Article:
- Neither the promise of peace from the US-North Korea summit nor the provocations from the G-7 summit have unseated risk
- Top event risk ahead is the FOMC rate decision whereby the market is certain of a hike but less sure of all 2018
- Beware if you intend to trade the Euro or Pound, the ECB rate decision Thursday and Brexit votes are still ahead
Are you trading any Dollar based majors? Concerned about what the gradual policy shift from the Fed means for general risk trends? Join me for live coverage of the FOMC rate decision. Sign up on the DailyFX Webinar Calendar page.
Neither Threat of Trade Wars Nor Promise of North Korea Peace Charges the Markets
Risk trends are the foundation of all market trends in one form or another. Everything else is simply a catalyst that can charge the collective appetite of adding to risk exposure or wind it down. It is with that view on the market's undercurrent that we should assess the implications of this week's remarkable stoicism. We didn't register the concern that naturally follows the weekend's headlines relaying the United States' efforts to further isolate it from trade partners with President Trump escalating the row with some of the country's closest trade partners. Yet, disarming interpretations that this is evidence of a bullish bias that thwarts uncertainty, this past session showed little yield to optimism following President Trump's meeting with North Korean leader Kim Jong-un in Singapore. This is a familiar picture of complacency at work. Until something forces speculators to make a choice, the market rank may leave the burden of picking a long-term view for the future. Or, perhaps, what we have seen in the opening 24 hours of the week is anticipation for a more action-packed event?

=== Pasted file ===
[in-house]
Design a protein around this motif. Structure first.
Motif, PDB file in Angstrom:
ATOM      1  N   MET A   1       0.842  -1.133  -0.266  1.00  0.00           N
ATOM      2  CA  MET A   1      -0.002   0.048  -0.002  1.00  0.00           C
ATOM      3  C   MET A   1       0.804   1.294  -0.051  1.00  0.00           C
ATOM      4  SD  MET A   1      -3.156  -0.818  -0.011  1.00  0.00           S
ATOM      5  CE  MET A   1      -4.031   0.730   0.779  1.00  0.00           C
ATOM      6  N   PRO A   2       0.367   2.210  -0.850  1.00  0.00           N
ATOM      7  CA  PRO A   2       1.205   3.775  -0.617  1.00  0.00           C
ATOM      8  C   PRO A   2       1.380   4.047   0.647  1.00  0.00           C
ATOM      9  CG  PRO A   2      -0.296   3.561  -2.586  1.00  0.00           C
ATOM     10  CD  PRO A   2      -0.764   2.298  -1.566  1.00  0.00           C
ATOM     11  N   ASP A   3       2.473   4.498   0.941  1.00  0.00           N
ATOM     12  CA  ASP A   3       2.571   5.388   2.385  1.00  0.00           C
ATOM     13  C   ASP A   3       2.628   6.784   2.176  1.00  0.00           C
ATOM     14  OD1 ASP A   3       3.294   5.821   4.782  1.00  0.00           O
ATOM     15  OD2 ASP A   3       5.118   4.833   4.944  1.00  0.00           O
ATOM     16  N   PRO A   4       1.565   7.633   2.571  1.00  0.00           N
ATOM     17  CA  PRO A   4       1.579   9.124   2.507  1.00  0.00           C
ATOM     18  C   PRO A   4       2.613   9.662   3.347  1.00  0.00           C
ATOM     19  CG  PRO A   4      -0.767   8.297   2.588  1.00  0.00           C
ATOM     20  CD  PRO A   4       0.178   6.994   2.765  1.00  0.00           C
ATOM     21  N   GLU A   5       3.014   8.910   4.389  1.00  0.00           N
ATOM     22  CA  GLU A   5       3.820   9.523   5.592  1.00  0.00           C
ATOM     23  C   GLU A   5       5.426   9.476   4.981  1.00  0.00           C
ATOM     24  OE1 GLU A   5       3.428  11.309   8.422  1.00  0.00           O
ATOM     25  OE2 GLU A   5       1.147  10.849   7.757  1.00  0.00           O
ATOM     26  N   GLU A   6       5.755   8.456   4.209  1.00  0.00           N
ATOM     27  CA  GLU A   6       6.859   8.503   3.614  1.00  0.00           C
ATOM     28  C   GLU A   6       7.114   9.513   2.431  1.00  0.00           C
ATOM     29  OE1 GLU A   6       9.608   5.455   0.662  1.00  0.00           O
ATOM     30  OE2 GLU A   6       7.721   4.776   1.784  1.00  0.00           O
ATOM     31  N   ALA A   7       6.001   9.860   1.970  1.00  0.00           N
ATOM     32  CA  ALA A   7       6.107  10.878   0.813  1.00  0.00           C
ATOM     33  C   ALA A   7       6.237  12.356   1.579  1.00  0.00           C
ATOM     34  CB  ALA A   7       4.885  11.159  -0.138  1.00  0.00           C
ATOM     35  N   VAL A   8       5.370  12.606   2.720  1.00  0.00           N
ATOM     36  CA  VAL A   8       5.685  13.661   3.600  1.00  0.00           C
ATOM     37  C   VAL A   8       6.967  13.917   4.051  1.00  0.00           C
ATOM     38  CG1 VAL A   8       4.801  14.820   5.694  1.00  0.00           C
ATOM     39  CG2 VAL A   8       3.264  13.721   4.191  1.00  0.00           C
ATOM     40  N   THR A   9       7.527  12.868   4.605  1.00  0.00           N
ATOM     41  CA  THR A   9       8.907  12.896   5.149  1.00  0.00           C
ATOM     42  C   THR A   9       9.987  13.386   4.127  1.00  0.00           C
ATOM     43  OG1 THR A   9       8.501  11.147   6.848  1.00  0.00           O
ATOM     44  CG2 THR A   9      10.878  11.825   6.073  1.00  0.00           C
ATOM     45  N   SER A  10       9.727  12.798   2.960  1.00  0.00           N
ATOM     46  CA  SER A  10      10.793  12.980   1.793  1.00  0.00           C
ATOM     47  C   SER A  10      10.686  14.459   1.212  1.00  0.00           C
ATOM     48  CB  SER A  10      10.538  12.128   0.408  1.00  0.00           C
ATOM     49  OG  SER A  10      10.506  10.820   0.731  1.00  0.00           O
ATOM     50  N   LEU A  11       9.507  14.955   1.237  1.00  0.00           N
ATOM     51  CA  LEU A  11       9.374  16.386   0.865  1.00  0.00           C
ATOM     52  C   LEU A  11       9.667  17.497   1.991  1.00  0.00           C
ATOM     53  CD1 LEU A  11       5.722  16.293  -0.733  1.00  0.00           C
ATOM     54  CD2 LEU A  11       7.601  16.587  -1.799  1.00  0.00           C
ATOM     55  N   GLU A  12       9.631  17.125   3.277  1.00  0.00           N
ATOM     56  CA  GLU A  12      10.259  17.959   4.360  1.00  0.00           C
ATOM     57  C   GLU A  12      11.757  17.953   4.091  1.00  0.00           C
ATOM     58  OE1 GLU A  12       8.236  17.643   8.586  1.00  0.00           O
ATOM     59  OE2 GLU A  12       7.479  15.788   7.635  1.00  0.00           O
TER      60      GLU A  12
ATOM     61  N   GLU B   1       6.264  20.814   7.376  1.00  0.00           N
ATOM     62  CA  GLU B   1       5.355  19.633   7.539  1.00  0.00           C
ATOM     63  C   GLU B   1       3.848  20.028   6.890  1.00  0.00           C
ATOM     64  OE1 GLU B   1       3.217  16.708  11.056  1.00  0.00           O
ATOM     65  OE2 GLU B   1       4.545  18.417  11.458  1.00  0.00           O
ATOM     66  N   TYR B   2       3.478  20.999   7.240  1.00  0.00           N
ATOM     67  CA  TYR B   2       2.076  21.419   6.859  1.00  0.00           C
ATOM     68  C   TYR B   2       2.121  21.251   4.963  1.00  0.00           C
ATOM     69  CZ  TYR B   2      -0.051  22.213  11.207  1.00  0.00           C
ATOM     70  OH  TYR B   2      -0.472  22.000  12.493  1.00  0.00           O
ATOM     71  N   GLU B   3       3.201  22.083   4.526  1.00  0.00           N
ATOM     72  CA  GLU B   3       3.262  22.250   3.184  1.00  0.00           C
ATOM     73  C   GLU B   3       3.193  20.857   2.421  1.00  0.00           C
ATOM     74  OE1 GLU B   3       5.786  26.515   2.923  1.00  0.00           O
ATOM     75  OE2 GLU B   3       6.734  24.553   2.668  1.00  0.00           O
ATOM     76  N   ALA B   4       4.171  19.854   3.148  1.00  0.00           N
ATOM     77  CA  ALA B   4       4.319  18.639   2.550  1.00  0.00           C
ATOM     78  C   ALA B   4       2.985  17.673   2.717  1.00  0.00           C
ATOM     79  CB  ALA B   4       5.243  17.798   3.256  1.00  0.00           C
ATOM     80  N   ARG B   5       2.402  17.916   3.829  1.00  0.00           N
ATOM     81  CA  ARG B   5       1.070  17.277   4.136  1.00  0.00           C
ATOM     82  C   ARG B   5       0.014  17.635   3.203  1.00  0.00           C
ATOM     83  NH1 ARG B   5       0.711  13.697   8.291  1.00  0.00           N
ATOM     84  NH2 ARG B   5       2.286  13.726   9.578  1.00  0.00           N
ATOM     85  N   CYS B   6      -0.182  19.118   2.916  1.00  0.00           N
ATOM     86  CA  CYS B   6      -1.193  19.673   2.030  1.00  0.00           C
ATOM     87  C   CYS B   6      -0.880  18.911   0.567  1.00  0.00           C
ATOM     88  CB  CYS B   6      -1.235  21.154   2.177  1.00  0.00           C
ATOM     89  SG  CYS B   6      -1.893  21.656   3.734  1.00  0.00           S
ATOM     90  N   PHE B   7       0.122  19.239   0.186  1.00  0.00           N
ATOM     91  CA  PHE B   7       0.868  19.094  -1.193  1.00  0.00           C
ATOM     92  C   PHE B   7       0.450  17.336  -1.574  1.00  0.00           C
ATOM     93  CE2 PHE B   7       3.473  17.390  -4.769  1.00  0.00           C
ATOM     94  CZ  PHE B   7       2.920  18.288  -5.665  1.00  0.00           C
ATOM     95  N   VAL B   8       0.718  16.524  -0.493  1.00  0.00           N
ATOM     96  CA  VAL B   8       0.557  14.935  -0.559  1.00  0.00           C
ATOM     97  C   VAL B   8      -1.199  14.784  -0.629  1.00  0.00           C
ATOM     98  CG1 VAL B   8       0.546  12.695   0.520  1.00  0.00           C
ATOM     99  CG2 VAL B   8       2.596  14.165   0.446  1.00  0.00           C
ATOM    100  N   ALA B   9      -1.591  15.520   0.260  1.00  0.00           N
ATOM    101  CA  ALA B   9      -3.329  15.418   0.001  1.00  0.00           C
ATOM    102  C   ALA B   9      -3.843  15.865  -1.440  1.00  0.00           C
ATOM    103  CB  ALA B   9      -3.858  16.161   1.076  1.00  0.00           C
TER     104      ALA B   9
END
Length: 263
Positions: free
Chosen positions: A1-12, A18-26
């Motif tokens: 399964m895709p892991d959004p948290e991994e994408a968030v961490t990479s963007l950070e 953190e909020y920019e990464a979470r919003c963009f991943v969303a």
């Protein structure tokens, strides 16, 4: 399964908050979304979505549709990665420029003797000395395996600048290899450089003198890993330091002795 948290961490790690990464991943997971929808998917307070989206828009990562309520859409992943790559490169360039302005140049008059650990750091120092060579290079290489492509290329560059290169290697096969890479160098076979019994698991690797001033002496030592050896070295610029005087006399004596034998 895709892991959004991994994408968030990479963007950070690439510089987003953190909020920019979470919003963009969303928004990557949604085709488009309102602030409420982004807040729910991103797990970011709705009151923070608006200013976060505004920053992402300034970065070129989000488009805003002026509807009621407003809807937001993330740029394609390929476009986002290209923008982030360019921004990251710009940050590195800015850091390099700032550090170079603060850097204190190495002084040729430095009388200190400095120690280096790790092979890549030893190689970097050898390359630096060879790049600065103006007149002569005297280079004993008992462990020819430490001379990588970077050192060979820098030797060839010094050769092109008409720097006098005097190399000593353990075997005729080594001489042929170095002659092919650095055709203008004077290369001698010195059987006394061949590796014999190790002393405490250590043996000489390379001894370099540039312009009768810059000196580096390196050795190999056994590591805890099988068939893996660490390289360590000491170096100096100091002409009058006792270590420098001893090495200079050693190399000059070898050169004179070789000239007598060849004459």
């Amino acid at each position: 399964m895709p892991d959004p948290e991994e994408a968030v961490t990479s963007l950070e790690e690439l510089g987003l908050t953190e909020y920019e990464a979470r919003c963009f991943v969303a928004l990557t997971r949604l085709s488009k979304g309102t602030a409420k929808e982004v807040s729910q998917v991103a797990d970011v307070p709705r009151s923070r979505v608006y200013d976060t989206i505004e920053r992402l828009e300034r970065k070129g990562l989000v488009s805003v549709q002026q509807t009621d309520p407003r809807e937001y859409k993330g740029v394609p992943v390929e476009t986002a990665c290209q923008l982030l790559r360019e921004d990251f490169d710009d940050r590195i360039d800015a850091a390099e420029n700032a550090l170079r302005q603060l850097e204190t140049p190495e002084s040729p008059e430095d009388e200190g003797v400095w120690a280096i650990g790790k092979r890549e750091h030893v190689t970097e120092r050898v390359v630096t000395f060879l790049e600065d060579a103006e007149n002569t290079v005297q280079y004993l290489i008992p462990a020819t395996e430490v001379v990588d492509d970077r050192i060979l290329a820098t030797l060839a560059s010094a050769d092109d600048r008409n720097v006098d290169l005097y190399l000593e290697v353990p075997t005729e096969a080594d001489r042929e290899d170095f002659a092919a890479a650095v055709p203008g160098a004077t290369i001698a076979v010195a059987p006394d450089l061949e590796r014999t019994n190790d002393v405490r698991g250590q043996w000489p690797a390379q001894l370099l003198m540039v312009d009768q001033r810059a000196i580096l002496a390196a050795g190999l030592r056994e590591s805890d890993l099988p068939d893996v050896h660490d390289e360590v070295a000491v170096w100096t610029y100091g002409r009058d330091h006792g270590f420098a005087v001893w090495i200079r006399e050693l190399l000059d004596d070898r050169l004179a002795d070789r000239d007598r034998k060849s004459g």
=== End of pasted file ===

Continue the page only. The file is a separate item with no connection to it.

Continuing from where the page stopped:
Before There Was Global Trade Wars, There Was Monetary Policy
The economic and political relations between the world's largest economies is exceptionally important to the course of the financial markets moving forward, but it isn't the only key theme that holds substantial sway over investors' course long-term. It is easy to forget the importance that monetary policy plays to our current standing an path forward as the major central banks have proven remarkably effective at directing expectations through their forward guidance. That said, the past decade of general bullish reach was made possible by the extremely accommodative policies from the Fed, ECB and other major central banks around the world. Near-zero rates and unorthodox stimulus programs translates into easy access to funds and an implicit support for speculators that was famously referred to as 'moral hazard'. These crisis-era policies extended well past the actual crisis conditions following the 'Great Recession' and arguably inflated speculative appetites beyond the constraints of a simple growth-supporting financial recovery. Yet, we have seen a slow tide shift towards normalizing from the extreme support rolled out by these groups. At what point is it recognized as a withdrawal of support? When does it become a burden to speculative excess? This week will prove a great litmus starting with the Fed decision Wednesday.